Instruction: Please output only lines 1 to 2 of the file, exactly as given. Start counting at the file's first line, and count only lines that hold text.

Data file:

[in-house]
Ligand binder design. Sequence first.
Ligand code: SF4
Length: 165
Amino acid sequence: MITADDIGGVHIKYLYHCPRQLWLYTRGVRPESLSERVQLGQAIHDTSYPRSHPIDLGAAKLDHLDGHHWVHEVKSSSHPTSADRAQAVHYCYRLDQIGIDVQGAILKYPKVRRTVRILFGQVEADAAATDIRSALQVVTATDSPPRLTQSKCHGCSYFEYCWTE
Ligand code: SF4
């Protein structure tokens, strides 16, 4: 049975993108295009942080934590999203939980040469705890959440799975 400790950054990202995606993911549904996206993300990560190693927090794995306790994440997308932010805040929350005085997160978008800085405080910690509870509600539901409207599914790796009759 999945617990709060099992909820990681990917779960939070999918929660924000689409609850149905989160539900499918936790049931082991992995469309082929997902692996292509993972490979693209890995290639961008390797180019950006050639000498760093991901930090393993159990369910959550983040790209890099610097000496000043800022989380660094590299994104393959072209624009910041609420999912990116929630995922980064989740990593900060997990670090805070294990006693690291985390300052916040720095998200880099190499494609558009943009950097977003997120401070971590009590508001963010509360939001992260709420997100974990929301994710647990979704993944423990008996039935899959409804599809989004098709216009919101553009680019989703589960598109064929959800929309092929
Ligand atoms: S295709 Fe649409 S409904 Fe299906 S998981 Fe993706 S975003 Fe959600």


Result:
[in-house]
Ligand binder design. Sequence first.